Sunday, May 16, 2010

Casio VL TONE( with box & Manual)SOLD

This seemingly worthless synth/calculator hybrid weighing in at under a pound has somehow found fame and fortune despite looking like a kid's toy. Its ultra cheesy sounds have been discovered and immortalized in the hit songs of such artists as Trio for "Da Da Da" and White Town. The Casio VL-1 or VL-Tone as it's also called has 29 little calculator-type button keys, five preset and one user memory patches, built-in rhythm machine (waltz, swing, rock, samba, etc.) and a 100-note sequencer. There is no chance at any external or MIDI control and there are no filters or effects. There is an LFO with vibrato and tremolo effects and an ADSR envelope.
The tinny monophonic blips and beeps that come out of the VL-1 provide a childishly funny accent to your music, if you're into that sort of thing. The VL-1 is analog, it's tiny, it has a built-in speaker and a useless built-in calculator. The synth itself is quite small, light-weight and portable when running on batteries. The keys are unreliable and cheap soft buttons with absolutely no natural feel, response, aftertouch or velocity. The VL-1 was succeeded by the VL-10 (same spec, smaller case) and VL-5 (4-note polyphonic version with a useless bar-code reader). Strangely, the simple cheesy sounds of the VL-Tone have been used by Apollo 440, Devo, the Talking Heads, the Cars, Dee-Lite, Sting, Stevie Wonder, Vince Clarke, Beastie Boys, The Human League, Trio, White Town, and Bill Nelson.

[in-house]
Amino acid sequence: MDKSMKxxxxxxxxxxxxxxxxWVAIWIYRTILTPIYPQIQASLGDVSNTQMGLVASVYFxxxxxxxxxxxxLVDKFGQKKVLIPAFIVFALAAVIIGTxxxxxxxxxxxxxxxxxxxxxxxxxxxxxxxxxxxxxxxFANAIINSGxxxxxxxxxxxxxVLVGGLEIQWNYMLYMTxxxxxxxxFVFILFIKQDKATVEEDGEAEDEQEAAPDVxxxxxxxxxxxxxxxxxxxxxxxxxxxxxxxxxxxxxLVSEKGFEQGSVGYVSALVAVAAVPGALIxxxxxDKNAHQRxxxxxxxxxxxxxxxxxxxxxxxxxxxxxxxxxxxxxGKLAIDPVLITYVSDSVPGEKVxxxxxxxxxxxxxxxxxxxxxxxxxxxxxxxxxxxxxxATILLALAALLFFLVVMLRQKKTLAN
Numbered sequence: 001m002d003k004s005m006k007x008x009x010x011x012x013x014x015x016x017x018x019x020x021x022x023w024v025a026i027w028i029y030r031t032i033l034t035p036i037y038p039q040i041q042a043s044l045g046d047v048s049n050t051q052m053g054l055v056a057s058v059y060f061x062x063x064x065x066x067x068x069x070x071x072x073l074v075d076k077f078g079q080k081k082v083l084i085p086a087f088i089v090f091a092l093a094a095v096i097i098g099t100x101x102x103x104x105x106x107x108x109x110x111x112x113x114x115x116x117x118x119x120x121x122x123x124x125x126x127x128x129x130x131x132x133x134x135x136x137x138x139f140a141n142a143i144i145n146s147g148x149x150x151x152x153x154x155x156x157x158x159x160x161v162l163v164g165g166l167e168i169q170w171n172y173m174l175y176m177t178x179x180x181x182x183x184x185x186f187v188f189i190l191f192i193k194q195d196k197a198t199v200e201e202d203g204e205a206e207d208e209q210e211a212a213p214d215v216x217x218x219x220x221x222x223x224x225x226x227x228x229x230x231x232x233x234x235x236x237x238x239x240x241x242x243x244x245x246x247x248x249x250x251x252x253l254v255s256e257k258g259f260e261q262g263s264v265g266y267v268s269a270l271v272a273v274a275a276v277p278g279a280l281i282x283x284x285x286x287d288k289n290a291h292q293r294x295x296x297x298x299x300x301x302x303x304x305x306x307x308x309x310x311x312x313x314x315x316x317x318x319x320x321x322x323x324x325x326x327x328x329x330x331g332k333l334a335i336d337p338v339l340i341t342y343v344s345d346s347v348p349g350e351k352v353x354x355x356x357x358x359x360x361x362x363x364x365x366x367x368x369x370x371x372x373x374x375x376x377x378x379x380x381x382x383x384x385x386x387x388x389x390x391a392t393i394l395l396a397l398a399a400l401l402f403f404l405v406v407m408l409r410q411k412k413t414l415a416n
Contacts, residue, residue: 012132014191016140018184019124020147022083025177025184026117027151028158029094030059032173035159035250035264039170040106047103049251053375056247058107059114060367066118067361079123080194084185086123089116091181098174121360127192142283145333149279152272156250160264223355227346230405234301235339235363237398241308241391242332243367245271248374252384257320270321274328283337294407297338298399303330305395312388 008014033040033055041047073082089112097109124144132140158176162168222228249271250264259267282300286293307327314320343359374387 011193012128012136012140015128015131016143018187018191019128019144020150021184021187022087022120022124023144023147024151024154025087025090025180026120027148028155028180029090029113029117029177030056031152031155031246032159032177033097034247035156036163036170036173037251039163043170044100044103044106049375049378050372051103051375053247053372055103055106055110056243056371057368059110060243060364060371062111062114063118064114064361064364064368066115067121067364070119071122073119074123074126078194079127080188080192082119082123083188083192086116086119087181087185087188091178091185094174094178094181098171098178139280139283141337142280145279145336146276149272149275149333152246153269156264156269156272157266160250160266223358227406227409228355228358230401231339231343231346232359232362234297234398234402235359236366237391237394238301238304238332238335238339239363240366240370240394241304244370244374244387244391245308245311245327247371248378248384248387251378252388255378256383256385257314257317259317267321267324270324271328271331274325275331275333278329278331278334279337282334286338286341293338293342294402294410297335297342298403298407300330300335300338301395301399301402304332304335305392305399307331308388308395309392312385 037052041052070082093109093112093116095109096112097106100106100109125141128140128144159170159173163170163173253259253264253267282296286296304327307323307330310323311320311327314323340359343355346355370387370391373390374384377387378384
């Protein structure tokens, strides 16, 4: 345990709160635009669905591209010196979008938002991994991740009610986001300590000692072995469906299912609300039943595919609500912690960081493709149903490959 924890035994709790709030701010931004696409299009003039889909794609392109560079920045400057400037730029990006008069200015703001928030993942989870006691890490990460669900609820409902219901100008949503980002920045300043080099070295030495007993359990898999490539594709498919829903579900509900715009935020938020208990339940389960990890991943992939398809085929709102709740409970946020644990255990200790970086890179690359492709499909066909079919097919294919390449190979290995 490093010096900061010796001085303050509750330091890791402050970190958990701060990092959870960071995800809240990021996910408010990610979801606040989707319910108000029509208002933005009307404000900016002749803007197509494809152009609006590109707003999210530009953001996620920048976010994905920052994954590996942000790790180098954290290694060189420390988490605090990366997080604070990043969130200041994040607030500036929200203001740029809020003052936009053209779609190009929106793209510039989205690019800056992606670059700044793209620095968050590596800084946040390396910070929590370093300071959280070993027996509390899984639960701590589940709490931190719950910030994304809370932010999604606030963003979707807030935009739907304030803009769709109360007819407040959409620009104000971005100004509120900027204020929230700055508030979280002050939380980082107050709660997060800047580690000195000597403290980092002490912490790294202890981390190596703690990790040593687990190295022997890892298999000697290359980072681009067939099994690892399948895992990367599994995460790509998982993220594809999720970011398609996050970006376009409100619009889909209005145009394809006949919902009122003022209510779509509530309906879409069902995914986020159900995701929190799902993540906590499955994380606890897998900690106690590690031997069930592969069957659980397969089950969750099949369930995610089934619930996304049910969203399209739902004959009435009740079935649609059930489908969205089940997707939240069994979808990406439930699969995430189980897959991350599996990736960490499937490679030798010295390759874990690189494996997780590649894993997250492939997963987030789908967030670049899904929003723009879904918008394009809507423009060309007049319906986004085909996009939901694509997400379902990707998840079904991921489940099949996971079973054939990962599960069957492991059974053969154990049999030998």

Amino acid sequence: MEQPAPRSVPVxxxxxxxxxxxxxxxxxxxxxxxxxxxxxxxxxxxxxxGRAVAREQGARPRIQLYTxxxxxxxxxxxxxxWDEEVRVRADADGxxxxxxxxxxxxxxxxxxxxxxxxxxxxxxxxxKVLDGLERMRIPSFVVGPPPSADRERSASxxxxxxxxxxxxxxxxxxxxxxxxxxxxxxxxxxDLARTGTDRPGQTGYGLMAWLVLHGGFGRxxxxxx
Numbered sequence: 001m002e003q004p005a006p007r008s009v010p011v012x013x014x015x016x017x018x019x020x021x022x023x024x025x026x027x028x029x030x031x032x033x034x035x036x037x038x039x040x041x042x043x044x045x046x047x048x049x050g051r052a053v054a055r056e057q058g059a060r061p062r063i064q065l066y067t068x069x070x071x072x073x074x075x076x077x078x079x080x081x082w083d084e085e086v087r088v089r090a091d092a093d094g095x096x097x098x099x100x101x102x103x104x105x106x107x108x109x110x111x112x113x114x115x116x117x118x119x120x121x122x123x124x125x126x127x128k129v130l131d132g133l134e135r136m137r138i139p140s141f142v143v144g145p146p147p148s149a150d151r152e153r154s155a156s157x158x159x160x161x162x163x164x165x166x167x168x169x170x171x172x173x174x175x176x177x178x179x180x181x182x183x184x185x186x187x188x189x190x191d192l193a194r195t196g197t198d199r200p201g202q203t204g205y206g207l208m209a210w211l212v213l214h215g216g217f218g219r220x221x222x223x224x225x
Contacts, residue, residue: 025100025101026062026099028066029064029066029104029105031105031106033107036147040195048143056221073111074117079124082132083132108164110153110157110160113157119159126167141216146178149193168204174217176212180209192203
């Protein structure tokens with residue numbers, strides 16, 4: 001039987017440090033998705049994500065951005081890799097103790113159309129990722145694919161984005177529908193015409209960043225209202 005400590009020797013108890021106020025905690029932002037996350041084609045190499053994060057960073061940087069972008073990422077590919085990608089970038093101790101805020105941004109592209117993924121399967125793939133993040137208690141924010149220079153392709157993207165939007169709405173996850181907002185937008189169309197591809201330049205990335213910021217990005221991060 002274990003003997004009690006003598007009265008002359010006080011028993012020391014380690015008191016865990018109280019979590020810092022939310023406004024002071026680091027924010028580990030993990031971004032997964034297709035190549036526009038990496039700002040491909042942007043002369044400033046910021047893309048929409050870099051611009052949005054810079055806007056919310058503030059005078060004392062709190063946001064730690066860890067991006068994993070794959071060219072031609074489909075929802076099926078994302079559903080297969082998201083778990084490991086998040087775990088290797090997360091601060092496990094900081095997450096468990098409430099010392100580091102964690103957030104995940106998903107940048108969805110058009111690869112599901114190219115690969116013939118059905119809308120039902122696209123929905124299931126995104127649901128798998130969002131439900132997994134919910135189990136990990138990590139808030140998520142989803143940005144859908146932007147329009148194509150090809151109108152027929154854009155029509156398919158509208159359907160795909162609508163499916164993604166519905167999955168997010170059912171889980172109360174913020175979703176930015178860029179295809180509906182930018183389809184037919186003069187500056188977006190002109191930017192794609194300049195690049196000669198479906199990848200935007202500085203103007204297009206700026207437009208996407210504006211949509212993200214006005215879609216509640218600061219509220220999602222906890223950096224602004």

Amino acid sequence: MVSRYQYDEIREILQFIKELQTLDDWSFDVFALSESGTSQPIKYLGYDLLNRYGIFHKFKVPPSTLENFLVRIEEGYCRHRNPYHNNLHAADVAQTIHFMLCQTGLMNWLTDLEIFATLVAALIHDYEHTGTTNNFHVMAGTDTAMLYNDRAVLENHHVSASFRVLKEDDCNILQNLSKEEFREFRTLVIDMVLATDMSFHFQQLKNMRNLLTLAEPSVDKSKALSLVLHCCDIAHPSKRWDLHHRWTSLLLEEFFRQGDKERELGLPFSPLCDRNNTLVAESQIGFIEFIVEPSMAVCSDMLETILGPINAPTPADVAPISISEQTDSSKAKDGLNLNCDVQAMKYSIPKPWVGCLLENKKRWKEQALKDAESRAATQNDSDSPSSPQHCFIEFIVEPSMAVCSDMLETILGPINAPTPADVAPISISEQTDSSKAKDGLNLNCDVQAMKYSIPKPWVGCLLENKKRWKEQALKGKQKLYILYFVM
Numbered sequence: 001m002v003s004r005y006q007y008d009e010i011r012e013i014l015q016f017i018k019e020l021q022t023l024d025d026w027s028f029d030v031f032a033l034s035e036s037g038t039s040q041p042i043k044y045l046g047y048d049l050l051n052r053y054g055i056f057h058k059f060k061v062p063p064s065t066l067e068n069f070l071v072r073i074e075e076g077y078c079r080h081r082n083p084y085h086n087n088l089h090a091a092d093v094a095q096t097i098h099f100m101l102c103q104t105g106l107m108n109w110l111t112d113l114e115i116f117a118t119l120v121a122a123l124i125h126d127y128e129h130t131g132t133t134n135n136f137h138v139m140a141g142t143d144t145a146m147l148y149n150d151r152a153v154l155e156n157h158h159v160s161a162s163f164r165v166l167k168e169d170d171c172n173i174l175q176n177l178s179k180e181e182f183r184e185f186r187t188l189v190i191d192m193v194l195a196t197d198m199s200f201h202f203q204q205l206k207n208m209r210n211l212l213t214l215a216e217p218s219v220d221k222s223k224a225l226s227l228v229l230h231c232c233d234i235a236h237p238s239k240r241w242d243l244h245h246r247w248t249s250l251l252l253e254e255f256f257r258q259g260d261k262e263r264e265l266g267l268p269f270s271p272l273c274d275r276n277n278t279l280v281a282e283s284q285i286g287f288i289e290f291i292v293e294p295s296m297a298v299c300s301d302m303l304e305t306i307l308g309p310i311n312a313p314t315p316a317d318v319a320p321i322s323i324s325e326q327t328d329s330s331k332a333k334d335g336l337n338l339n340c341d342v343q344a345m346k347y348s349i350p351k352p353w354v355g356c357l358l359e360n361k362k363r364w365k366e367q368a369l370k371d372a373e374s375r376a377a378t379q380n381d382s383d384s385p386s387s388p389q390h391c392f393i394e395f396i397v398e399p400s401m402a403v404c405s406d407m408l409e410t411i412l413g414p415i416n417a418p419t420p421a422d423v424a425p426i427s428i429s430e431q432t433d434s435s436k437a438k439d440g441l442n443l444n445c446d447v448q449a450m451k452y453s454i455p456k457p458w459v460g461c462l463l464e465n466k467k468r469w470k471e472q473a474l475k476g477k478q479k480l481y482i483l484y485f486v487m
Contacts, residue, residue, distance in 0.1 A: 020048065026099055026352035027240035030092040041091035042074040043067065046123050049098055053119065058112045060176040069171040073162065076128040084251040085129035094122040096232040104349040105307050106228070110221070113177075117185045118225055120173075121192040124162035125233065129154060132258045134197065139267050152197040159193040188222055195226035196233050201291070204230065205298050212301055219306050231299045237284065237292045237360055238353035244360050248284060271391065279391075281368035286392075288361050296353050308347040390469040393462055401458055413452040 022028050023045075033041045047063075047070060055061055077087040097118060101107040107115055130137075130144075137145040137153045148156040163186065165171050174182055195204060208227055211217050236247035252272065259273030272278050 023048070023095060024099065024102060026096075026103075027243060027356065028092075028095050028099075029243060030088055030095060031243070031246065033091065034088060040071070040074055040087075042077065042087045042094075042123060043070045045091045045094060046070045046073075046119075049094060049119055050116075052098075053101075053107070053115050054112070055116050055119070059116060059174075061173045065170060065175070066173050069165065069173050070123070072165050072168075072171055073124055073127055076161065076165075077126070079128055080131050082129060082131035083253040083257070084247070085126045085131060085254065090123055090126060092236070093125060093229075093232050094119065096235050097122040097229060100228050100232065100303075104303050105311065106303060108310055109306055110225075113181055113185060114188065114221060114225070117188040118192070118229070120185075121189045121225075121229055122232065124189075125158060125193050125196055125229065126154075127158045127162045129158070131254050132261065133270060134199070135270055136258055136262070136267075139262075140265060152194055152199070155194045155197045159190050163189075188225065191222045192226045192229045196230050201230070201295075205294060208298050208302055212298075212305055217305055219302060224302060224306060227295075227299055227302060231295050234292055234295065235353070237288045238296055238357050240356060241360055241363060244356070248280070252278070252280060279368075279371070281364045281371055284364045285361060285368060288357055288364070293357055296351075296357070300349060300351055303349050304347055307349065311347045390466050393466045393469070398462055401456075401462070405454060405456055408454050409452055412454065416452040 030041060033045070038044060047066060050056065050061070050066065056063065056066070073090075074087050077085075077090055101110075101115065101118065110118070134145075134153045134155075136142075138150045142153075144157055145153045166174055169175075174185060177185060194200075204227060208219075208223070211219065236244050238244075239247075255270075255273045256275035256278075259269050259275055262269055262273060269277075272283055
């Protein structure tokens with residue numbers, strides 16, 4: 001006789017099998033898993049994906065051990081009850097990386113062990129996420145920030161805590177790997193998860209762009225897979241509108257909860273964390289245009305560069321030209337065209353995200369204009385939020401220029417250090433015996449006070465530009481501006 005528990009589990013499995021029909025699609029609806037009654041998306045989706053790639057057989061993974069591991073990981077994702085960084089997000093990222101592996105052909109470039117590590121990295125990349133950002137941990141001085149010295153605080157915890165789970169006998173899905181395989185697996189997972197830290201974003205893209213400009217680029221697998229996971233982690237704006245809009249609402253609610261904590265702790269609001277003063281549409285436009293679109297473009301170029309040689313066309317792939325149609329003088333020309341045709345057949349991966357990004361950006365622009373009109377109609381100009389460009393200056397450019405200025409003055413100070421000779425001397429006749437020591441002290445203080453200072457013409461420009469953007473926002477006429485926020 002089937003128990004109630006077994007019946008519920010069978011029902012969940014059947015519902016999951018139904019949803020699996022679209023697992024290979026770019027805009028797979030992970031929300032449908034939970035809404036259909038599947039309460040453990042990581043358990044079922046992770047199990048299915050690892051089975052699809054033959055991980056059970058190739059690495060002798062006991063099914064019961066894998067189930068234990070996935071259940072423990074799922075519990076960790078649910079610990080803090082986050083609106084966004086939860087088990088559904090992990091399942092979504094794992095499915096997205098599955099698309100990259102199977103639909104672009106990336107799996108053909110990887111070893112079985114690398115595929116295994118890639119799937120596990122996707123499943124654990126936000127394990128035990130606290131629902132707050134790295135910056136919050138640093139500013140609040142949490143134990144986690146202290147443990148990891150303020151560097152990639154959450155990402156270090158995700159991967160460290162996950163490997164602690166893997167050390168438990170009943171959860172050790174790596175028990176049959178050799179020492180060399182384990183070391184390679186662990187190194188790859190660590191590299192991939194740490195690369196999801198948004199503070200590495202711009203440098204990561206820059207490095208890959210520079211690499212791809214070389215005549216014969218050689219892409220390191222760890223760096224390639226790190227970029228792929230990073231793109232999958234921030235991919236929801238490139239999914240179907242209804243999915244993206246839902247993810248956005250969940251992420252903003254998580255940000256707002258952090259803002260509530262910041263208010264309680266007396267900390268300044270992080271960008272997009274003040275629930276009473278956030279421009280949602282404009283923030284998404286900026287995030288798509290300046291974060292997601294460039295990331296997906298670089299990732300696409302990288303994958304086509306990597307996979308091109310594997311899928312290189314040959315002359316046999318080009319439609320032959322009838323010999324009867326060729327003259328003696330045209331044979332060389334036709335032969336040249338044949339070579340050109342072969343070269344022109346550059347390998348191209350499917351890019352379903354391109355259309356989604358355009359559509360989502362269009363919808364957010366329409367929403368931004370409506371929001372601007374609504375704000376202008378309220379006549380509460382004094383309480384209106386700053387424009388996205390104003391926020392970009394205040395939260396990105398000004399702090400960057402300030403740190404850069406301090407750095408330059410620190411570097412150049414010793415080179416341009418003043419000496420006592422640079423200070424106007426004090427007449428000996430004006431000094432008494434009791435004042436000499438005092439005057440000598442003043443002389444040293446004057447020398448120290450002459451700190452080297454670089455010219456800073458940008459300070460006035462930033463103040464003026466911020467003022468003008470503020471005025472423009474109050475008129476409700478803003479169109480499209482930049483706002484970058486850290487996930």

Manufacturer: Casio Japan
Status : NEW! with box & Manual
Price: RM85.00 +FREE Postage within Semenanjung Only)

Yashica m2

The year 1960 saw the extention of this design in the model M a.k.a Minister I. This is the signal move to an on-board exposure meter. The images were kindly made available by LKantiques. The camera as shown has a Yashinon 45mm lens with a maximum aperture of ƒ1.9 and stops down to ƒ16. Flash synchronization is available for flash bulbs at 'M' or Strobe at 'X' setting. The Copal shutter has 10 speed settings ranging from 1 second to 1/500th plus 'Bulb'. A version with a 45mm ƒ2.8 lens was also produced. These two lens / shutter combinations are the same as those used with the YL described above.
At first glance this camera appears to be missing it's rewind knob, but the M features the same recessed bottom plate, pop-out rewinder and sprocket release as the YL. What was different, is the inclusion of a self energised Selenium photo-electric cell powered exposure meter, which levelled out the top plate. Note the round indicator to the left on the top view, which confirms that the film is moving when the advance lever is activated. This indicator is required so that one can tell if the film is taking up, since the tell tale turn of a wind lever is absent. The meter does not control the shutter or camera in any way.
Price: Rm 150.00+postage